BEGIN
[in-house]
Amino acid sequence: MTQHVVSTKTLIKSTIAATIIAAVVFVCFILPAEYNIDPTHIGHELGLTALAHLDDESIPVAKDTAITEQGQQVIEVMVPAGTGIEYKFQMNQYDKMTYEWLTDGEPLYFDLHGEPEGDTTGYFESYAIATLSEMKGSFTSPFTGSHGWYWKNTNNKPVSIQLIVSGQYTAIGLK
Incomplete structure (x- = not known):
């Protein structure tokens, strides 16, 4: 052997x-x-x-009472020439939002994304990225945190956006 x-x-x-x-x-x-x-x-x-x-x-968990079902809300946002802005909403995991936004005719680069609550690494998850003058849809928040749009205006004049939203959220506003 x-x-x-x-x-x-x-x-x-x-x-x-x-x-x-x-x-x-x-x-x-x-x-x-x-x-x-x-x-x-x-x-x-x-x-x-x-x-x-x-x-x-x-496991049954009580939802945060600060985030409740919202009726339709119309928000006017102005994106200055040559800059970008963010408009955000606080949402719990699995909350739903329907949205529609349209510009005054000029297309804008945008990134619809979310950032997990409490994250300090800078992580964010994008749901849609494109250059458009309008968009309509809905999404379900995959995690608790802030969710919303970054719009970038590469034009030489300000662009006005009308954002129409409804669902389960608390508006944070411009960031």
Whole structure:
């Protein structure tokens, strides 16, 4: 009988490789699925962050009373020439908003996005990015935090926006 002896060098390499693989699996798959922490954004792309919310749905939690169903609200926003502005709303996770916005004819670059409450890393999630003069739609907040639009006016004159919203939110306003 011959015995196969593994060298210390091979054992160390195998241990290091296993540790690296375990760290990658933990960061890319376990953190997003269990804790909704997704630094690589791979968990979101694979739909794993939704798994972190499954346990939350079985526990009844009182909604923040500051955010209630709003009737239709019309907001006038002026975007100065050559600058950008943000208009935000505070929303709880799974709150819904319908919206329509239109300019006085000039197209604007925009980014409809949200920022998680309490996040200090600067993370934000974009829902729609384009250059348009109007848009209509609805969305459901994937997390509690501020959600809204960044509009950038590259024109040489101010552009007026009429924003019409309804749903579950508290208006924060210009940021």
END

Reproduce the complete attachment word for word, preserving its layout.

[in-house]
Amino acid sequence: MTQHVVSTKTLIKSTIAATIIAAVVFVCFILPAEYNIDPTHIGHELGLTALAHLDDESIPVAKDTAITEQGQQVIEVMVPAGTGIEYKFQMNQYDKMTYEWLTDGEPLYFDLHGEPEGDTTGYFESYAIATLSEMKGSFTSPFTGSHGWYWKNTNNKPVSIQLIVSGQYTAIGLK
Incomplete structure (x- = not known):
């Protein structure tokens, strides 16, 4: 052997x-x-x-009472020439939002994304990225945190956006 x-x-x-x-x-x-x-x-x-x-x-968990079902809300946002802005909403995991936004005719680069609550690494998850003058849809928040749009205006004049939203959220506003 x-x-x-x-x-x-x-x-x-x-x-x-x-x-x-x-x-x-x-x-x-x-x-x-x-x-x-x-x-x-x-x-x-x-x-x-x-x-x-x-x-x-x-496991049954009580939802945060600060985030409740919202009726339709119309928000006017102005994106200055040559800059970008963010408009955000606080949402719990699995909350739903329907949205529609349209510009005054000029297309804008945008990134619809979310950032997990409490994250300090800078992580964010994008749901849609494109250059458009309008968009309509809905999404379900995959995690608790802030969710919303970054719009970038590469034009030489300000662009006005009308954002129409409804669902389960608390508006944070411009960031």
Whole structure:
């Protein structure tokens, strides 16, 4: 009988490789699925962050009373020439908003996005990015935090926006 002896060098390499693989699996798959922490954004792309919310749905939690169903609200926003502005709303996770916005004819670059409450890393999630003069739609907040639009006016004159919203939110306003 011959015995196969593994060298210390091979054992160390195998241990290091296993540790690296375990760290990658933990960061890319376990953190997003269990804790909704997704630094690589791979968990979101694979739909794993939704798994972190499954346990939350079985526990009844009182909604923040500051955010209630709003009737239709019309907001006038002026975007100065050559600058950008943000208009935000505070929303709880799974709150819904319908919206329509239109300019006085000039197209604007925009980014409809949200920022998680309490996040200090600067993370934000974009829902729609384009250059348009109007848009209509609805969305459901994937997390509690501020959600809204960044509009950038590259024109040489101010552009007026009429924003019409309804749903579950508290208006924060210009940021």